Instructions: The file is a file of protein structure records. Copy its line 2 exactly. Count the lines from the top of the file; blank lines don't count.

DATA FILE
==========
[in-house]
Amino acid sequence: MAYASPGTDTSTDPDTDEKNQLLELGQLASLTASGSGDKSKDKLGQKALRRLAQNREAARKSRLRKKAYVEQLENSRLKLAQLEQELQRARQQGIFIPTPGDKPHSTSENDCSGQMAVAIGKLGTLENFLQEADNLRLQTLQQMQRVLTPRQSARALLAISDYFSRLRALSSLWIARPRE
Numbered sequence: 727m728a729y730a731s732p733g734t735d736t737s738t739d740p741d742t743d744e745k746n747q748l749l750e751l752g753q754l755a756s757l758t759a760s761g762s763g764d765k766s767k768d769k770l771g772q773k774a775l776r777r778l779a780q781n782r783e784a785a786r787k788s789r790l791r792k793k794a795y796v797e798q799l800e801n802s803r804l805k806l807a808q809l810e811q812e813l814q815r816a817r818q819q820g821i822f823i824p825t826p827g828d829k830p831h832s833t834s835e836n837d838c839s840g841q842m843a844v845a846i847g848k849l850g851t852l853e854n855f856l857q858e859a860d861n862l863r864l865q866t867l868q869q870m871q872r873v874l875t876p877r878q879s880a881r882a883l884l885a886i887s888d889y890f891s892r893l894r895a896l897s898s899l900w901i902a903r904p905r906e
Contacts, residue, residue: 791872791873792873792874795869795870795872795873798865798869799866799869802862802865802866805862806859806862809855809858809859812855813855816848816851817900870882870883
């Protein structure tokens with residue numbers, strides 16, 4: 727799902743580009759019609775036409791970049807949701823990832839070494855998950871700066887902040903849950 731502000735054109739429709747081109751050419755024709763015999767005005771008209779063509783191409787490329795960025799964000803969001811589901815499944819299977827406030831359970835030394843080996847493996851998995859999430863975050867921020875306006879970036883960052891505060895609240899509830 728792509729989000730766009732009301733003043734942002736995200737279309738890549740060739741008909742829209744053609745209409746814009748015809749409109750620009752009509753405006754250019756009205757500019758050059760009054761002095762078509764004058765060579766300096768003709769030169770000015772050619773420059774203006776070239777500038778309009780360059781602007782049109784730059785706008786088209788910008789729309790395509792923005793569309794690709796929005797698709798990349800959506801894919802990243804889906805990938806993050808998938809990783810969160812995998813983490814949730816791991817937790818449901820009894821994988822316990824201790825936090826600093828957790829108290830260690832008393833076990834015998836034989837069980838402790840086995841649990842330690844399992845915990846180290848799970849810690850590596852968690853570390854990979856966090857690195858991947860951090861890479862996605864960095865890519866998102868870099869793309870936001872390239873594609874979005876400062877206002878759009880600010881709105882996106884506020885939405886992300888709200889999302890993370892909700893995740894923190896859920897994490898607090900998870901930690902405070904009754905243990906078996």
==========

Amino acid sequence: MAYASPGTDTSTDPDTDEKNQLLELGQLASLTASGSGDKSKDKLGQKALRRLAQNREAARKSRLRKKAYVEQLENSRLKLAQLEQELQRARQQGIFIPTPGDKPHSTSENDCSGQMAVAIGKLGTLENFLQEADNLRLQTLQQMQRVLTPRQSARALLAISDYFSRLRALSSLWIARPRE